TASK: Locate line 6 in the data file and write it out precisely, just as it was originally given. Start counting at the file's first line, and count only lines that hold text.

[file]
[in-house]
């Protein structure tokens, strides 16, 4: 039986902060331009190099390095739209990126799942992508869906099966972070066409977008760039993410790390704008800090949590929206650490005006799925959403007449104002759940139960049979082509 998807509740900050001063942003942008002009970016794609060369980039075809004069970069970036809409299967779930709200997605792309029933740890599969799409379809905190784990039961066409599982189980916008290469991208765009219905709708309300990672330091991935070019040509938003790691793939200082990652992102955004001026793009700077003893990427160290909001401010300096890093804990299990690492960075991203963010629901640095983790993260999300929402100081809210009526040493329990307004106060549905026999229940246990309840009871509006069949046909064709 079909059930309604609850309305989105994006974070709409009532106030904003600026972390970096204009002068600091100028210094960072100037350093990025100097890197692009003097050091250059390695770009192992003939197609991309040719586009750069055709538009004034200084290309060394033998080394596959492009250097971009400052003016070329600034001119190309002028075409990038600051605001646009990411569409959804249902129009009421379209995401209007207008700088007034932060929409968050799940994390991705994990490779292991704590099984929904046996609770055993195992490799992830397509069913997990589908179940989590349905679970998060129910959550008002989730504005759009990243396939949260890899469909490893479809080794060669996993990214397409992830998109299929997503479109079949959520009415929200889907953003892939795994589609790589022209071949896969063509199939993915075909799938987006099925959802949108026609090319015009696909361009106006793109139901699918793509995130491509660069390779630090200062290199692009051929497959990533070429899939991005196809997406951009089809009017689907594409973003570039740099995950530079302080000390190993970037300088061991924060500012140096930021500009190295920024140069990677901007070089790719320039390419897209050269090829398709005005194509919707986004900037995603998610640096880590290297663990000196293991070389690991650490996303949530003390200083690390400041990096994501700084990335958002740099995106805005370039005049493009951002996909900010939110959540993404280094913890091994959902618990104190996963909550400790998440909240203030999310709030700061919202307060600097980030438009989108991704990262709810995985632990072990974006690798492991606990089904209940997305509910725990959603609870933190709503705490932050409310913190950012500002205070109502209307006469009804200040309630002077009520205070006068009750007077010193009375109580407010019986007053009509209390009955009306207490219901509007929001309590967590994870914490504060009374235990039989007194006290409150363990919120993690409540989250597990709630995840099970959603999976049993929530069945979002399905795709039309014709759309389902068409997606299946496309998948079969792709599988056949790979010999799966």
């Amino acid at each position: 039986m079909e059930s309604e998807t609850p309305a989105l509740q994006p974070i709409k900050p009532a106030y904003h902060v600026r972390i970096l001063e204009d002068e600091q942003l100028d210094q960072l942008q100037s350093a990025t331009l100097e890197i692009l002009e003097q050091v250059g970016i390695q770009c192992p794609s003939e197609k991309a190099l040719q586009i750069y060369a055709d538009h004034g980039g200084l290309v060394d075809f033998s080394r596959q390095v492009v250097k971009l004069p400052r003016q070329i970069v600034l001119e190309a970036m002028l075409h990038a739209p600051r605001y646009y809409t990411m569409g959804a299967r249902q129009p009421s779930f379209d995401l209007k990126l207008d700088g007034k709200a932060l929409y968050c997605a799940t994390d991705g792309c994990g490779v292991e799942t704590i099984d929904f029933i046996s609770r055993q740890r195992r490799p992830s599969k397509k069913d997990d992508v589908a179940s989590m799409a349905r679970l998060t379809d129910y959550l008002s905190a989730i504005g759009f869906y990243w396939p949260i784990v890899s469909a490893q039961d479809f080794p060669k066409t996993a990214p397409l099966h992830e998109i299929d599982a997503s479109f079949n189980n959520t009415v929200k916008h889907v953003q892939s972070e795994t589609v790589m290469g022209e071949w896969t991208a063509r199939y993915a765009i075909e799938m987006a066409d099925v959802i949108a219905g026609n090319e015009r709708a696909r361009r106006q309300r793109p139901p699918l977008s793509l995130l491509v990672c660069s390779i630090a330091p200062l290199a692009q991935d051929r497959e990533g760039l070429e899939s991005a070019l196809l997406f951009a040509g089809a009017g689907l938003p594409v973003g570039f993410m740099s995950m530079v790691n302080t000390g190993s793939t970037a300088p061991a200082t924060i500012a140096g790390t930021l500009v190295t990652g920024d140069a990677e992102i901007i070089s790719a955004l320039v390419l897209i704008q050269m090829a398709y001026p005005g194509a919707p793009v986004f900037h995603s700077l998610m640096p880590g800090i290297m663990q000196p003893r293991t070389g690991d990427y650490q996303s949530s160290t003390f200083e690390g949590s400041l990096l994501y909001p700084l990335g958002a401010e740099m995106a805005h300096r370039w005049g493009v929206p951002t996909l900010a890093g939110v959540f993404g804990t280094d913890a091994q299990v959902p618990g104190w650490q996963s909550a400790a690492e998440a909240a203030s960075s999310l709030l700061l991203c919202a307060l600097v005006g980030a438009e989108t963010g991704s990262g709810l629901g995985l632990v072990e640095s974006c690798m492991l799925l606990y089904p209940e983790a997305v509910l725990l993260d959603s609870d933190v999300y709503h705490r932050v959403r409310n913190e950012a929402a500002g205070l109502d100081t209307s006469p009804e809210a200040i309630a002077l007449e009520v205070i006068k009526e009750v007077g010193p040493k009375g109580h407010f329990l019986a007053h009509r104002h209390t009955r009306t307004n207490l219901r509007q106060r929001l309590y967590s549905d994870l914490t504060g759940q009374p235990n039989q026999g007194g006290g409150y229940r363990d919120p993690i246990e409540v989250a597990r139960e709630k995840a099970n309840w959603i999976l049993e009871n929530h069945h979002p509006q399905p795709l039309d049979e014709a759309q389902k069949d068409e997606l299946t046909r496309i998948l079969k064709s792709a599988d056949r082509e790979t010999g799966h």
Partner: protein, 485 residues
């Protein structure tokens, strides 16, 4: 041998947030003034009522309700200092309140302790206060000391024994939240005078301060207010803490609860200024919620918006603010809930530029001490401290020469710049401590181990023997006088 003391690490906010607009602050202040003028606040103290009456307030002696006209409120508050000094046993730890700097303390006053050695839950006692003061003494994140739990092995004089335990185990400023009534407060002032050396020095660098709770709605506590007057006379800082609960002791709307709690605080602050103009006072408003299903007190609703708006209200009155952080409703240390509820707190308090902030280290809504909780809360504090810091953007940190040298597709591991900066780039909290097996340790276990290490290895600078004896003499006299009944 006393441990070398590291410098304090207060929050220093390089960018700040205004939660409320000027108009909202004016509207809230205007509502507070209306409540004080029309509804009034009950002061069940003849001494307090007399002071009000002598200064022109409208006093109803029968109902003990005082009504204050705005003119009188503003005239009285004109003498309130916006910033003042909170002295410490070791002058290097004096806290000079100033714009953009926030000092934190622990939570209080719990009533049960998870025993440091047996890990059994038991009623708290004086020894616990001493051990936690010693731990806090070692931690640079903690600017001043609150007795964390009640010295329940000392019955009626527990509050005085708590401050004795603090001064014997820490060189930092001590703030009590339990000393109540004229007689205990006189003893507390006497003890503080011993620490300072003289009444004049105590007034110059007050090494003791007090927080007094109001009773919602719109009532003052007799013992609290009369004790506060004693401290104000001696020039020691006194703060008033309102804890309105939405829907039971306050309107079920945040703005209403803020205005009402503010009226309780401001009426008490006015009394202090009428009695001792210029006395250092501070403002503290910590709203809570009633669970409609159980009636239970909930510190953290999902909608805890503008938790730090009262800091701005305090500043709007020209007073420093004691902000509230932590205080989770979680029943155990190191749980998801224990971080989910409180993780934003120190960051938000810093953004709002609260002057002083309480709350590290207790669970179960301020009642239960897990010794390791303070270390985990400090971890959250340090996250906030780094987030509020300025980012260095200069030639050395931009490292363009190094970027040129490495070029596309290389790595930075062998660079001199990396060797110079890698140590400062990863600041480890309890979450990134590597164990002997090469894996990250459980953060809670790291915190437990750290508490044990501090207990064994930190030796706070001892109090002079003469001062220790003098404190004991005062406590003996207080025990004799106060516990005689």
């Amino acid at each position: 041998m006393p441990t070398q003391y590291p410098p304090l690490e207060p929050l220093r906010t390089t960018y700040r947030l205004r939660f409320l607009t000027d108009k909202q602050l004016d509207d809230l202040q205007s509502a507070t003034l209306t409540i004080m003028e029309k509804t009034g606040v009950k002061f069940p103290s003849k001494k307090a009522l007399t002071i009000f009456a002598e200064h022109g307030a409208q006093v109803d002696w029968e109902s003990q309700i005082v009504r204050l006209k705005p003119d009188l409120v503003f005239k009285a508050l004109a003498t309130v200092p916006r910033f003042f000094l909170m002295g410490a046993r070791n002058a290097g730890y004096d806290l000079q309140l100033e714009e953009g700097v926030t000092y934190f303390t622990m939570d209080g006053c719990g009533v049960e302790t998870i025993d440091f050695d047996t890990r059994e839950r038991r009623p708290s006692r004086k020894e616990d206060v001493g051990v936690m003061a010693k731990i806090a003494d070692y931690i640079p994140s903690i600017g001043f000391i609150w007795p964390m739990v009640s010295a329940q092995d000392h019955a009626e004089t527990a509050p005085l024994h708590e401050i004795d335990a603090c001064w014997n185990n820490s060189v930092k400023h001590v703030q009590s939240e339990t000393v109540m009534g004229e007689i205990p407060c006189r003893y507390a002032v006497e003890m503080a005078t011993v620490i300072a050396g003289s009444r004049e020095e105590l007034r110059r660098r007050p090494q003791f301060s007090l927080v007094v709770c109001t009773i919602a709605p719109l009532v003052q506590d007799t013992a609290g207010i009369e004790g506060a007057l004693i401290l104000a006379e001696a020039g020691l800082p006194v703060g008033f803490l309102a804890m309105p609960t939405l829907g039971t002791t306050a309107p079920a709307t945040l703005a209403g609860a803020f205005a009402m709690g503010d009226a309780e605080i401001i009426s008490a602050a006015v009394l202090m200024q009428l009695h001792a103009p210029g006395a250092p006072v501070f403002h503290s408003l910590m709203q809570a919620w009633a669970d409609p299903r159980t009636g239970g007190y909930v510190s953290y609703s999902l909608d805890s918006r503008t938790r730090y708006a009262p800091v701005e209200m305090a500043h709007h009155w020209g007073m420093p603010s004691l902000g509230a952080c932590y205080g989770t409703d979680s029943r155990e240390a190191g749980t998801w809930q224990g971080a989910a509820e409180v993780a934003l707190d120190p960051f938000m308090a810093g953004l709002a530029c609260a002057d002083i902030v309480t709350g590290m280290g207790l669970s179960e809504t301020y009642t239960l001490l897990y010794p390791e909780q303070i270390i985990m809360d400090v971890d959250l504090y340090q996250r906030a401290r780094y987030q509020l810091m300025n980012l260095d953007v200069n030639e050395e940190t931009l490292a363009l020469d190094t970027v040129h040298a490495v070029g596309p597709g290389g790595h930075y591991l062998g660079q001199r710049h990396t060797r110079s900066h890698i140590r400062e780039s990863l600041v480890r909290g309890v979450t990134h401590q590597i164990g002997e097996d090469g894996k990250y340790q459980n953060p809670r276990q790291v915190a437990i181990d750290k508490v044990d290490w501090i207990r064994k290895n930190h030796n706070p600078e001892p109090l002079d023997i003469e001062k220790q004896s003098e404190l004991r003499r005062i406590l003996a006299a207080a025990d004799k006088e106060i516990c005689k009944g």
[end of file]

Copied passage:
């Amino acid at each position: 041998m006393p441990t070398q003391y590291p410098p304090l690490e207060p929050l220093r906010t390089t960018y700040r947030l205004r939660f409320l607009t000027d108009k909202q602050l004016d509207d809230l202040q205007s509502a507070t003034l209306t409540i004080m003028e029309k509804t009034g606040v009950k002061f069940p103290s003849k001494k307090a009522l007399t002071i009000f009456a002598e200064h022109g307030a409208q006093v109803d002696w029968e109902s003990q309700i005082v009504r204050l006209k705005p003119d009188l409120v503003f005239k009285a508050l004109a003498t309130v200092p916006r910033f003042f000094l909170m002295g410490a046993r070791n002058a290097g730890y004096d806290l000079q309140l100033e714009e953009g700097v926030t000092y934190f303390t622990m939570d209080g006053c719990g009533v049960e302790t998870i025993d440091f050695d047996t890990r059994e839950r038991r009623p708290s006692r004086k020894e616990d206060v001493g051990v936690m003061a010693k731990i806090a003494d070692y931690i640079p994140s903690i600017g001043f000391i609150w007795p964390m739990v009640s010295a329940q092995d000392h019955a009626e004089t527990a509050p005085l024994h708590e401050i004795d335990a603090c001064w014997n185990n820490s060189v930092k400023h001590v703030q009590s939240e339990t000393v109540m009534g004229e007689i205990p407060c006189r003893y507390a002032v006497e003890m503080a005078t011993v620490i300072a050396g003289s009444r004049e020095e105590l007034r110059r660098r007050p090494q003791f301060s007090l927080v007094v709770c109001t009773i919602a709605p719109l009532v003052q506590d007799t013992a609290g207010i009369e004790g506060a007057l004693i401290l104000a006379e001696a020039g020691l800082p006194v703060g008033f803490l309102a804890m309105p609960t939405l829907g039971t002791t306050a309107p079920a709307t945040l703005a209403g609860a803020f205005a009402m709690g503010d009226a309780e605080i401001i009426s008490a602050a006015v009394l202090m200024q009428l009695h001792a103009p210029g006395a250092p006072v501070f403002h503290s408003l910590m709203q809570a919620w009633a669970d409609p299903r159980t009636g239970g007190y909930v510190s953290y609703s999902l909608d805890s918006r503008t938790r730090y708006a009262p800091v701005e209200m305090a500043h709007h009155w020209g007073m420093p603010s004691l902000g509230a952080c932590y205080g989770t409703d979680s029943r155990e240390a190191g749980t998801w809930q224990g971080a989910a509820e409180v993780a934003l707190d120190p960051f938000m308090a810093g953004l709002a530029c609260a002057d002083i902030v309480t709350g590290m280290g207790l669970s179960e809504t301020y009642t239960l001490l897990y010794p390791e909780q303070i270390i985990m809360d400090v971890d959250l504090y340090q996250r906030a401290r780094y987030q509020l810091m300025n980012l260095d953007v200069n030639e050395e940190t931009l490292a363009l020469d190094t970027v040129h040298a490495v070029g596309p597709g290389g790595h930075y591991l062998g660079q001199r710049h990396t060797r110079s900066h890698i140590r400062e780039s990863l600041v480890r909290g309890v979450t990134h401590q590597i164990g002997e097996d090469g894996k990250y340790q459980n953060p809670r276990q790291v915190a437990i181990d750290k508490v044990d290490w501090i207990r064994k290895n930190h030796n706070p600078e001892p109090l002079d023997i003469e001062k220790q004896s003098e404190l004991r003499r005062i406590l003996a006299a207080a025990d004799k006088e106060i516990c005689k009944g």